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Is it ethical and legal for a lawyer to change billing amounts at the final bill?

Rancho Cucamonga, CA |

My lawyer changed the amounts one year later when the final bill was due. She changed the amount billed to Prepare Petition Nd Order to Show Cause from $250 to $750 and Revise documents and prepare for filing from $150 to $450 with no change in the billing time from initial bill to final bill! This seems unethical and unfair! What should I do?

Attorney Answers 3


  1. If your lawyer rendered a statement to you on December 25, 2011 which stated a specific amount of time spent on a discrete task on a specific date and then one year later submitted the identical statement to you, except that the fees billed were different, yes -- on those stated facts, if there is not an acceptable explanation, I think you are right to question the final bill. However, those facts seem highly unlikely to me.

    When I render monthly statements on account, they are for that monthly period only. Unless I have made a mistake and notice it or it is called to my attention by my client, there would be no reason for me to render a statement for that same period of time one year later. One purpose of regular monthly statements is to state an accurate account between the client and defendant. Correcting a statement one year later is highly unusual, IMO.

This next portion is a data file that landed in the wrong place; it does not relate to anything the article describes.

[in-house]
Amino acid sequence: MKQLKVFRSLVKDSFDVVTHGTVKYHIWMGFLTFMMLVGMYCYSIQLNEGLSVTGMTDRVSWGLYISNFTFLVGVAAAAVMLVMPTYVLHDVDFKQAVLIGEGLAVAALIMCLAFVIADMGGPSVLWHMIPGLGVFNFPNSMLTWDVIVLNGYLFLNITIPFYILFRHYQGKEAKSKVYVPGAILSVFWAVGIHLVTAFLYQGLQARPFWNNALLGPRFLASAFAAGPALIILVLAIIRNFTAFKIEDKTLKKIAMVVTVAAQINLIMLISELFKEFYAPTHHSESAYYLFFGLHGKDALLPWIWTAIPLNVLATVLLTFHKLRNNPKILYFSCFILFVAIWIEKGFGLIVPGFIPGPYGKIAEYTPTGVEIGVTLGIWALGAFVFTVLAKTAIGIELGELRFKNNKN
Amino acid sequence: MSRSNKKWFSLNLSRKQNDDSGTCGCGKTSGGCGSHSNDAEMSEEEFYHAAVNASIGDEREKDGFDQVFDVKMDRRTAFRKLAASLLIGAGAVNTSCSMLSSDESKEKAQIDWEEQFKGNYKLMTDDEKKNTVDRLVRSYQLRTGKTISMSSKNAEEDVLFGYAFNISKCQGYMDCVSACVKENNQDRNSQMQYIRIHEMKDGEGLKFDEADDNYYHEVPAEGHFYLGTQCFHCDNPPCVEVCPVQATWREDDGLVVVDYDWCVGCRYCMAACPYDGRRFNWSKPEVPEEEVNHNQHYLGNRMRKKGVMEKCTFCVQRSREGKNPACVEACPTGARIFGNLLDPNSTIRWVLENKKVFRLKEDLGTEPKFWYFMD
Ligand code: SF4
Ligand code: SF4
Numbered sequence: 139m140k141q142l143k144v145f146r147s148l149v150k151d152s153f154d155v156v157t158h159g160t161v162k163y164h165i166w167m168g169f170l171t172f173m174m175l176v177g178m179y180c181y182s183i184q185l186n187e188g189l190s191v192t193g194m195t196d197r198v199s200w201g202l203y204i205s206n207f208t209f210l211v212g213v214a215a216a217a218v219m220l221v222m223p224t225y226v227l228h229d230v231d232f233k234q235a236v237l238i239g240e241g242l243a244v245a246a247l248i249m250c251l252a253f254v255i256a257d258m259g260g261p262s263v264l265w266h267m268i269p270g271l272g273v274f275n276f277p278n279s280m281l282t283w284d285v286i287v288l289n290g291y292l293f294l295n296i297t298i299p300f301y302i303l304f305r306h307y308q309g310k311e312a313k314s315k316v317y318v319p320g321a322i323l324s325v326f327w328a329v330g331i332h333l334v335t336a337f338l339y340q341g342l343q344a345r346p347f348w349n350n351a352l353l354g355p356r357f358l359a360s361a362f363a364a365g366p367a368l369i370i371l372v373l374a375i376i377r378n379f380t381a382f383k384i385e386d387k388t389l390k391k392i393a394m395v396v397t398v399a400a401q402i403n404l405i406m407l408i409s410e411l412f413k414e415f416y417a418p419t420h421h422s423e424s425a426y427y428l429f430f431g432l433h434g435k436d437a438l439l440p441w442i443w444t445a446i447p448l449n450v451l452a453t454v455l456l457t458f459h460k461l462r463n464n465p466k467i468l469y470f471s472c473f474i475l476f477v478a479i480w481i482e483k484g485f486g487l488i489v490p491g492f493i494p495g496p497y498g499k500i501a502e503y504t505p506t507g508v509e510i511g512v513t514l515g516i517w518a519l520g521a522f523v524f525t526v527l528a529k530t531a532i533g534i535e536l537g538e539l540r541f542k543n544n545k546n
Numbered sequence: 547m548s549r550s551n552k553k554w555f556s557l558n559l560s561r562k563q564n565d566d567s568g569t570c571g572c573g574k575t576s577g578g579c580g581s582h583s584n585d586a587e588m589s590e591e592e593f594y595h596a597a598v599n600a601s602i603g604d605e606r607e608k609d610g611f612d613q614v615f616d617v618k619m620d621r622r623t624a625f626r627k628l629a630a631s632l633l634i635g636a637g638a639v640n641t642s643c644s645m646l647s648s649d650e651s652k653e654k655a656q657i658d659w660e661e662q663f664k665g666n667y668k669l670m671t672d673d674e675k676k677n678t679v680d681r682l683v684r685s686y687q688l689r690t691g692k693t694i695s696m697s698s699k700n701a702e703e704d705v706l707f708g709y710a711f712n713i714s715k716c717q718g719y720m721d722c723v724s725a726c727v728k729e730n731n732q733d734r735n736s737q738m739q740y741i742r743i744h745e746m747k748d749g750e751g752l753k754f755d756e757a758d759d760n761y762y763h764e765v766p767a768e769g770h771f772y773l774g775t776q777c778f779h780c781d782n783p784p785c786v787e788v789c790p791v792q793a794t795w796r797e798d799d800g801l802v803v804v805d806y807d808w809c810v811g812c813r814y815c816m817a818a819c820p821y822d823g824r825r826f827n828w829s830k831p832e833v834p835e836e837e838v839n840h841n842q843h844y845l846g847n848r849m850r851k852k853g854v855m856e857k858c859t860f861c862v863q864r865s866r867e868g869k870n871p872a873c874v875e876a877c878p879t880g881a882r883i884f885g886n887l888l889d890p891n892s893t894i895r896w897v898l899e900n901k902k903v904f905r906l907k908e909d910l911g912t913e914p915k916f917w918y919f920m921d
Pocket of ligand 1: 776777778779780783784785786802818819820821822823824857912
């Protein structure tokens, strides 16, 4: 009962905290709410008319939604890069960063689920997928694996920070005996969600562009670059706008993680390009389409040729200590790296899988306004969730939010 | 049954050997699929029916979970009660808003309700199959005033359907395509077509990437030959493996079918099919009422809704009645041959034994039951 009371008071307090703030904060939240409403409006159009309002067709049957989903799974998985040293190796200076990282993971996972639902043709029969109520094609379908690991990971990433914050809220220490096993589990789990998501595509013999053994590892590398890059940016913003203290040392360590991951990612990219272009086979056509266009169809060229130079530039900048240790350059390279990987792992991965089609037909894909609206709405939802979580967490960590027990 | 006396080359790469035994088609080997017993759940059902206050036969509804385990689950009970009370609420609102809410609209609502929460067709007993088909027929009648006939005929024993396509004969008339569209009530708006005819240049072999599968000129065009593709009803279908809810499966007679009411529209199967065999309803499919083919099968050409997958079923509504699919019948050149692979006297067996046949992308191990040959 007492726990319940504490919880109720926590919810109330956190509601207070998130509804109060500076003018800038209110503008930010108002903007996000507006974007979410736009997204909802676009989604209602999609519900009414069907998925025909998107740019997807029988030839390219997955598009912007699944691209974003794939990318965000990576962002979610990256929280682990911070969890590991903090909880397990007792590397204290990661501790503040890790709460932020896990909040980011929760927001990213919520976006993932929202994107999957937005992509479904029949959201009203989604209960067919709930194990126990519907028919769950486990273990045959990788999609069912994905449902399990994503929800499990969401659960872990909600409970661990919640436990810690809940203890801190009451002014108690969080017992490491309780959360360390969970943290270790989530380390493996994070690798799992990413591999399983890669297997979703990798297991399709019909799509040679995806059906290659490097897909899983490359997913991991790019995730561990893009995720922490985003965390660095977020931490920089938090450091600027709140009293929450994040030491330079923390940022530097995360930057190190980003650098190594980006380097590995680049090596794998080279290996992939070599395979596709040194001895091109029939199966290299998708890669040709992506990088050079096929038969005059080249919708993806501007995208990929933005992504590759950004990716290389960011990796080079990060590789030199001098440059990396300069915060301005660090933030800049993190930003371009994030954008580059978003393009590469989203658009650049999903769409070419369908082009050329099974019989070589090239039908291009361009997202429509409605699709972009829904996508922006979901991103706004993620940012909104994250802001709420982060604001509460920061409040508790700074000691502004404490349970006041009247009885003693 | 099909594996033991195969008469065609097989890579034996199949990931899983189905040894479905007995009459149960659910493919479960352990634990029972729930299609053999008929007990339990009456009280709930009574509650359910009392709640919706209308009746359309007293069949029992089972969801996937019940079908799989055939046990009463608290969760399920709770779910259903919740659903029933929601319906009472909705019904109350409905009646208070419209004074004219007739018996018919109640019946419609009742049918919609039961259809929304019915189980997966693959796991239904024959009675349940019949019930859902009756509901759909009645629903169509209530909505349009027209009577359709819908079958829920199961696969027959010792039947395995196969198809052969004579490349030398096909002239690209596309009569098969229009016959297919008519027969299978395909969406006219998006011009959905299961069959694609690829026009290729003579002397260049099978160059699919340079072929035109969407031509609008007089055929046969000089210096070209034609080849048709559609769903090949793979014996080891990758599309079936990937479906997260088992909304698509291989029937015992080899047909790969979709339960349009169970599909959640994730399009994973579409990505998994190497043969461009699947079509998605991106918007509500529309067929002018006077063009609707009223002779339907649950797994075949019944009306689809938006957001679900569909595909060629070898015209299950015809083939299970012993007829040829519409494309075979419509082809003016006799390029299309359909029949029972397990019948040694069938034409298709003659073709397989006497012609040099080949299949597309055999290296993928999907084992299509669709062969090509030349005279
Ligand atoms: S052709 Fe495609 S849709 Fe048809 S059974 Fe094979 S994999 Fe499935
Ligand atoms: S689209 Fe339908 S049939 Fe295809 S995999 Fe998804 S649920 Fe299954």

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  2. It does not make since to me that the bill would be that much different unless the lawyer was doing additional services. You should talk to the attorney about the discrepancy and see if he can adequately explain to you why there is such a difference. If his explanation is unsatisfactory you can ask the state bar to arbitrate the fee for you. There is a small charge for this service. You can follow the link below to find information on the CA bar fee arbitration program.

    Every situation is different, it is important to discuss your legal issue with a knowledgeable attorney in your jurisdiction. To schedule an appointment with me please contact me at 800 220-4205 or www.MartyBurbankLaw.com


  3. The prior answers are good. You might send your lawyer a letter explaining that this appears to be either a mistake or an unfair practice and asking for comment or correction. If I got such a letter from a client it would get my attention.

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